Tele-Medicine Gets a Boost During Pandemic

10:00
Save ArticleSave Article

Failed to save article

Please try again

Coordinator Brandy Hartsgrove demonstrates how the telehealth connection works at The Chapa-de Indian Health Clinic in Grass Valley, Calif. Via this video screen, patients can consult doctors hundreds of miles away. (Salgu Wissmath for NPR)

Tele-Medicine Gets a Boost from Coronavirus

The pandemic is changing how we interact with medical professionals. For instance, Medicare and Medicaid have expanded access to tele-health appointments for their members. This means more elderly and low-income people can now get healthcare from practitioners without visiting a clinic or hospital.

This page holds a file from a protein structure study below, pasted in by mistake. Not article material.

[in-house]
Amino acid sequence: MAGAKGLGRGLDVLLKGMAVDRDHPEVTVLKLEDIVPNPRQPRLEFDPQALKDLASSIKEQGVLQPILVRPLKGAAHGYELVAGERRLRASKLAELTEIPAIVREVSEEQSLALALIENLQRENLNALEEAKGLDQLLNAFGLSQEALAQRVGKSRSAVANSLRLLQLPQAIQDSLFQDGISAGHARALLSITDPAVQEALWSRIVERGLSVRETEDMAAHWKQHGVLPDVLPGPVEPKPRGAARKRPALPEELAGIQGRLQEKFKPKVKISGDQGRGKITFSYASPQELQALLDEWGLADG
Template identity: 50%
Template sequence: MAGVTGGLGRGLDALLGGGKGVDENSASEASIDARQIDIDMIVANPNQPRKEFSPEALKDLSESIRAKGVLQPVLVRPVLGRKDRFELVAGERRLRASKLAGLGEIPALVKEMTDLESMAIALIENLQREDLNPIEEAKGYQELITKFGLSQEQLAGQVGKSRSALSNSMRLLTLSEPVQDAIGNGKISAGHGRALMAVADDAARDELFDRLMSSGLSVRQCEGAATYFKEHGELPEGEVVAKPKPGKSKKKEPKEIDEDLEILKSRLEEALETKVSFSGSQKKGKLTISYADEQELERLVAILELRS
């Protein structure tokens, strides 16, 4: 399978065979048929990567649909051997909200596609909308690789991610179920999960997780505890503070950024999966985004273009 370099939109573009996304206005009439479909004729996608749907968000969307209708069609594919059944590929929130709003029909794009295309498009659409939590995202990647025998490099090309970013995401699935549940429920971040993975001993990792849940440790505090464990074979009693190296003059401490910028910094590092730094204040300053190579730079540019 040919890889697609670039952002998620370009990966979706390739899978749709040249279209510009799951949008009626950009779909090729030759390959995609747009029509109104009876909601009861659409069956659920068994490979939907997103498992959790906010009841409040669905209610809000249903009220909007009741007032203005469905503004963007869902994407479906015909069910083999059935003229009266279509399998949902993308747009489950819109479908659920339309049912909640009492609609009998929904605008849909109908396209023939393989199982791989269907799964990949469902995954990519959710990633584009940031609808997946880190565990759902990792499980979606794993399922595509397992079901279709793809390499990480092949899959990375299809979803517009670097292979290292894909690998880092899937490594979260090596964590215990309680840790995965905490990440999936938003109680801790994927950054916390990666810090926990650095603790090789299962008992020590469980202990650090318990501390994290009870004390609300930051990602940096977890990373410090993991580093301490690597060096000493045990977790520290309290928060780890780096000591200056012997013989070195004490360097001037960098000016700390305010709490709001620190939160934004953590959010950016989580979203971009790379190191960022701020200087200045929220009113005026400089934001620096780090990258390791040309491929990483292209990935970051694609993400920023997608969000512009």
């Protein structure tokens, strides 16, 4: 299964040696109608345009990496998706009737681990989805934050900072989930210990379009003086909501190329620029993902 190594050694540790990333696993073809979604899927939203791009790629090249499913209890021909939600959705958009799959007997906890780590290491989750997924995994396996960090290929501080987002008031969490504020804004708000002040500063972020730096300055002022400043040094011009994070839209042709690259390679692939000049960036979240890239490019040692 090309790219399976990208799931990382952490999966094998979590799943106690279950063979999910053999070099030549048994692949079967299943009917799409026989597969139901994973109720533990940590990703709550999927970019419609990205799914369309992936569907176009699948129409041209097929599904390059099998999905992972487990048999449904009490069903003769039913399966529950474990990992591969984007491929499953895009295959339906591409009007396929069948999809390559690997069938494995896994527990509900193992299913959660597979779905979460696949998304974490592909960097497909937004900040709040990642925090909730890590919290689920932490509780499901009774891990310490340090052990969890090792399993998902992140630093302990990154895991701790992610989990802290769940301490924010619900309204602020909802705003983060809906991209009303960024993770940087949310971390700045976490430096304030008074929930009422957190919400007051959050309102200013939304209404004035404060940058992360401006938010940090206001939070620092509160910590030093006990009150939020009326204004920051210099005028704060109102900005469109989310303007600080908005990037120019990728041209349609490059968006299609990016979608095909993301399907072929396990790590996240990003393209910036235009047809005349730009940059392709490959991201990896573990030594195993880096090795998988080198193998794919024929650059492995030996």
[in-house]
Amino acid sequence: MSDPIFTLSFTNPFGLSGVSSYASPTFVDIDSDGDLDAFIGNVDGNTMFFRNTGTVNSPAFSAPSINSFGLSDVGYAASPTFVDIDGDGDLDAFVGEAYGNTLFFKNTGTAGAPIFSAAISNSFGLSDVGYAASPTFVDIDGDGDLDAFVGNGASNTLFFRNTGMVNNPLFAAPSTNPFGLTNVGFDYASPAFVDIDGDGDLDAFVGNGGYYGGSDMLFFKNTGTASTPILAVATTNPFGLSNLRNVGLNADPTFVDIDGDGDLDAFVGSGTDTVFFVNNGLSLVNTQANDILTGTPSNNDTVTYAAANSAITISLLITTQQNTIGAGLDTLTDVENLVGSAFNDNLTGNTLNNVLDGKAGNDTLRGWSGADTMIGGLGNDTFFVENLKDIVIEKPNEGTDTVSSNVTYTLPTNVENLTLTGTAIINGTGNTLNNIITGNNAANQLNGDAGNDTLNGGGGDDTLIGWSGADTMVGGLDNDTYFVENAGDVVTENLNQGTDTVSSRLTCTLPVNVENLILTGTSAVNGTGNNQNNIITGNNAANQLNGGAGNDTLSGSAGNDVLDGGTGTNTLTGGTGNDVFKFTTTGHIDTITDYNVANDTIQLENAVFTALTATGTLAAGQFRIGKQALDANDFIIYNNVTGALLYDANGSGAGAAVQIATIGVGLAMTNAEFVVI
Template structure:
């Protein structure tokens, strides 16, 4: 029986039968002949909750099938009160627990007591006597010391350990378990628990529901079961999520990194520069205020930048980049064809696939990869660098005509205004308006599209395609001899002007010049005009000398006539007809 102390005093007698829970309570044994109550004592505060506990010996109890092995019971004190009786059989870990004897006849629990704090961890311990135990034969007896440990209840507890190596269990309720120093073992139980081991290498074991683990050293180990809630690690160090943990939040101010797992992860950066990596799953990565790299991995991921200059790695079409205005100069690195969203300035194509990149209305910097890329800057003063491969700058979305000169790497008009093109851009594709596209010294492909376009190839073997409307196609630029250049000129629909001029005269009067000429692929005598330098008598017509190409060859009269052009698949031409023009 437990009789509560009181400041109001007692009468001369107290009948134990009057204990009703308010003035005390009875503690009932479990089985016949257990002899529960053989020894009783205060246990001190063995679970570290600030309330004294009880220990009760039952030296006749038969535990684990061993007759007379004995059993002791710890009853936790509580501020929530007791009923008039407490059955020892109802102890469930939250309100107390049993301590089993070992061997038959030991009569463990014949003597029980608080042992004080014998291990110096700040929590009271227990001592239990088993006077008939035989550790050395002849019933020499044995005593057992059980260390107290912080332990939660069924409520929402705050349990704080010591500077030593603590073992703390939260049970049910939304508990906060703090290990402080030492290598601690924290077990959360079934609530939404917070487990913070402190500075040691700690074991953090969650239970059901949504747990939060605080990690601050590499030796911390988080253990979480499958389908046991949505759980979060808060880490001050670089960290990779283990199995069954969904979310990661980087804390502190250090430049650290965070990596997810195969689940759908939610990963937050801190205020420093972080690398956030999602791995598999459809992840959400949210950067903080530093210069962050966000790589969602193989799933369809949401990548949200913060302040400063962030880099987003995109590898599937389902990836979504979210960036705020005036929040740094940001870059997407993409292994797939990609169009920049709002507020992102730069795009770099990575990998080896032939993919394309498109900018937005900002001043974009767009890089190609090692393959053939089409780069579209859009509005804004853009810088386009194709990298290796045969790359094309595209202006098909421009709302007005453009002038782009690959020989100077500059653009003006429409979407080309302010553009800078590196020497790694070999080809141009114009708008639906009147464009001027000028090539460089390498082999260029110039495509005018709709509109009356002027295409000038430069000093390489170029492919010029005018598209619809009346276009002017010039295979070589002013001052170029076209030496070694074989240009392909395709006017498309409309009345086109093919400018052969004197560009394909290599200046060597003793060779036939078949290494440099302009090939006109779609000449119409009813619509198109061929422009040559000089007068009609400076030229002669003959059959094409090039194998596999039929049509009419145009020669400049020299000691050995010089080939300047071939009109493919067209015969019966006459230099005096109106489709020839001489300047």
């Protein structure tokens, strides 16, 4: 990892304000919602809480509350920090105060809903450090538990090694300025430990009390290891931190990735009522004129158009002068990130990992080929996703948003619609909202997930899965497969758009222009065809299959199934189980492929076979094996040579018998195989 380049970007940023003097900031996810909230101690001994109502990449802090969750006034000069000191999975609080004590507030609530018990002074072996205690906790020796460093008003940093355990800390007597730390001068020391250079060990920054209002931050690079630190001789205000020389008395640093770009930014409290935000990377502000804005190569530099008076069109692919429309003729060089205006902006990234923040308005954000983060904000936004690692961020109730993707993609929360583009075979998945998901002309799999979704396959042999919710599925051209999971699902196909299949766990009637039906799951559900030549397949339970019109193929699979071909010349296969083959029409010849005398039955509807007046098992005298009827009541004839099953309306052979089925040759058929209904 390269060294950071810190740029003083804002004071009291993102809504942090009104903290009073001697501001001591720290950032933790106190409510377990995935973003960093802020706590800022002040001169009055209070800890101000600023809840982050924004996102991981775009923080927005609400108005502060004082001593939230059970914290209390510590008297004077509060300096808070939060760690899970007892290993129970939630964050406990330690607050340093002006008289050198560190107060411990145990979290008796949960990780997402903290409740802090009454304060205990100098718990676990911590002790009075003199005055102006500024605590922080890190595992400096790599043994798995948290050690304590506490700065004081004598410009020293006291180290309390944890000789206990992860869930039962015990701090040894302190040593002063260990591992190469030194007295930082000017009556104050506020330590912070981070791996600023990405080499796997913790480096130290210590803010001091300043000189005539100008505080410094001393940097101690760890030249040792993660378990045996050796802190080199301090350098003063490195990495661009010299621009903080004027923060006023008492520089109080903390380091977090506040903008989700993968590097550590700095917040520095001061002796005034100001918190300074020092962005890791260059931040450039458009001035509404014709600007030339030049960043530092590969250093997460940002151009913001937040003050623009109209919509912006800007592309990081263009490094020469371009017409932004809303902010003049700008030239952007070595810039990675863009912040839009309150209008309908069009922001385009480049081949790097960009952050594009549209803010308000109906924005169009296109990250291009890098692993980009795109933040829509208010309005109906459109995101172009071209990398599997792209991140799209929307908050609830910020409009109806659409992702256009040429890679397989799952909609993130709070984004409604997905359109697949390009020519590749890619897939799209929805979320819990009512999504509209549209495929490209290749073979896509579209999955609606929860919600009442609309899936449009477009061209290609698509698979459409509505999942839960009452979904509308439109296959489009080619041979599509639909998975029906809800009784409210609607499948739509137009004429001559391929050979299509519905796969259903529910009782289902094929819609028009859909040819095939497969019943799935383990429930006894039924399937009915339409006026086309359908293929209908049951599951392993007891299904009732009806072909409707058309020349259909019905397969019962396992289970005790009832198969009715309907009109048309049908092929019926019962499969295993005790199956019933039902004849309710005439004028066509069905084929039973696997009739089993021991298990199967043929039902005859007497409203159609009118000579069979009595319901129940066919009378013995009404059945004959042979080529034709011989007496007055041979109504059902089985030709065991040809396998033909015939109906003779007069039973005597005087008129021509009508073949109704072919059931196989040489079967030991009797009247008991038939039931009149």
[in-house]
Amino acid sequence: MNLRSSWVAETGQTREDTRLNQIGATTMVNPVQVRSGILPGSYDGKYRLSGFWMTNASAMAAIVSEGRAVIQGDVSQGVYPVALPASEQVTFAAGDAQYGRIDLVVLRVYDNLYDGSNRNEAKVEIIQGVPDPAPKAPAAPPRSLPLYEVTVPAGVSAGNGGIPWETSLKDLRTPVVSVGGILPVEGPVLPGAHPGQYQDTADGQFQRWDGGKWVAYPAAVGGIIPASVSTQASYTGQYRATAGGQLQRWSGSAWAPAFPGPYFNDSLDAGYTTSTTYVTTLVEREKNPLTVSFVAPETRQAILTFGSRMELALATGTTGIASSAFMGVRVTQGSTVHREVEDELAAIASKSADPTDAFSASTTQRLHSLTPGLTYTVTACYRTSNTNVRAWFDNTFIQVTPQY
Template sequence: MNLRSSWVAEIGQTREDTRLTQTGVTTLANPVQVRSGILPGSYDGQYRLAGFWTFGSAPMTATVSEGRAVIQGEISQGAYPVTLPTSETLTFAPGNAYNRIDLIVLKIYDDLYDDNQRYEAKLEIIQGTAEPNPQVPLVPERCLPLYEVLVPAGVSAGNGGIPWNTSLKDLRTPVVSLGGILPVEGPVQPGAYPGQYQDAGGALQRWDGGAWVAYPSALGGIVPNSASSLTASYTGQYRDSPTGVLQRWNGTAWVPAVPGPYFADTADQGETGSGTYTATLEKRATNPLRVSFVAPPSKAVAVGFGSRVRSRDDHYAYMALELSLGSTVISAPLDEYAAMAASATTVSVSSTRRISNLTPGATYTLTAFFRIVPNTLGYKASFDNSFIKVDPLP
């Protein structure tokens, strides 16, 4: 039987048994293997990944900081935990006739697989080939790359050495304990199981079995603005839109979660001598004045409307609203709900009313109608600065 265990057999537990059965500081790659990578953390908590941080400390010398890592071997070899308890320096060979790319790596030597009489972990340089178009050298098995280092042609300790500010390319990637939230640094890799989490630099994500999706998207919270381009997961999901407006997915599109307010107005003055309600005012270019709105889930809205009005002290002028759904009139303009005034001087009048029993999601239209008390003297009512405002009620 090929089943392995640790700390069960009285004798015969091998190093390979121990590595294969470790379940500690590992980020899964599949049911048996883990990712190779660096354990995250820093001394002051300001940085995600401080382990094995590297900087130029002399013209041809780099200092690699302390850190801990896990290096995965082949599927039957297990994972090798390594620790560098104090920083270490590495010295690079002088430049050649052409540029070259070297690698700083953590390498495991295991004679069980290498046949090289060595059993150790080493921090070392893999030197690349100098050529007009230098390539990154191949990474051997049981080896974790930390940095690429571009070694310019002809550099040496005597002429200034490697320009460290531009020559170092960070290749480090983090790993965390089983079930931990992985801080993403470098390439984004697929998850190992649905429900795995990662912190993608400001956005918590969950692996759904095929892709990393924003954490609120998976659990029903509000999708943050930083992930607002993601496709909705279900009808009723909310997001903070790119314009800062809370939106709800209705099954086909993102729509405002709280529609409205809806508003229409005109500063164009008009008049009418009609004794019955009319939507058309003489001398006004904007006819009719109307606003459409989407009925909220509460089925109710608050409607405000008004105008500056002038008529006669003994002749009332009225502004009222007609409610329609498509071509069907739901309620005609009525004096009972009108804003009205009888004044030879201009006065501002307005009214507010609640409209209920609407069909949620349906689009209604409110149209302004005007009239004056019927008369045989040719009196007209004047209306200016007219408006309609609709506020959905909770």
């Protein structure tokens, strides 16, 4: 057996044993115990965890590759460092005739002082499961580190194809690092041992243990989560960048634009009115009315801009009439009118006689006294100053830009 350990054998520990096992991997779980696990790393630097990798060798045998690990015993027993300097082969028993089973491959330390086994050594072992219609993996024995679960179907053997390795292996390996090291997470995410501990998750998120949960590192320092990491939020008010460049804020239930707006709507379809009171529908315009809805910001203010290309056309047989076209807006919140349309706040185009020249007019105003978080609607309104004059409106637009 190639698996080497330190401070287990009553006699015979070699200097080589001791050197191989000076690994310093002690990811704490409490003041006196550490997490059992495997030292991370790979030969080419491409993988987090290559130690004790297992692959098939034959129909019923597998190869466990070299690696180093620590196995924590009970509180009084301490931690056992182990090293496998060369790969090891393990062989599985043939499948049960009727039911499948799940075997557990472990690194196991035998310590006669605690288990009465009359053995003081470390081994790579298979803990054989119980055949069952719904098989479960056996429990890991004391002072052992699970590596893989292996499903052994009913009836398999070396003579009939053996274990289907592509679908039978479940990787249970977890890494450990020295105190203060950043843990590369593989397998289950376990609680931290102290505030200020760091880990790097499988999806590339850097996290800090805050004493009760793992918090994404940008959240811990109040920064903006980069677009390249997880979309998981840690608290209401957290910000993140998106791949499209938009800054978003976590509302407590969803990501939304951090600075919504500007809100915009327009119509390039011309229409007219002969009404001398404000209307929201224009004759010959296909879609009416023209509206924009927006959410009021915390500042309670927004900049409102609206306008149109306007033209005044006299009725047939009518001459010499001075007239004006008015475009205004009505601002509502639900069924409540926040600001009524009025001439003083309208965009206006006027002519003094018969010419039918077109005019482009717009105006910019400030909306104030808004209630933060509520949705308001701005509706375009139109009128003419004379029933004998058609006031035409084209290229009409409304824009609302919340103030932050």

Reporter: Nina Sparling, KQED

State Cuts Deals to Provide Masks to Hospitals

California has started to cut its own deals with manufacturers to dramatically increase the number of N-95 and surgical masks it can provide to hospitals and front line workers during the pandemic.
Reporter: Katie Orr, KQED Politics

Riverside Skilled Nursing Facility Evacuated

Staying in Riverside, a skilled nursing facility there that’s had an outbreak of the coronavirus has been evacuated. That after employees didn’t come to work two days in a row.
Reporter: Benjamin Purper, KVCR

From Inside a Hospital Bracing for a Surge of COVID-19 Patients

Medical centers across the state continue to brace for a surge of COVID19 patients. But predictions on when exactly that peak hits keep changing. Now statistical modeling experts say hospitalizations might not crest until mid-May. But the looming surge weighs heavily on the minds of healthcare workers, especially in large public hospitals who serve the neediest patients. An ER nurse at Highland Hospital in Oakland says hasn’t seen the sharp uptick in visits he expected... at least not yet.
Reporter: Lesley McClurg, KQED Science 

Sponsored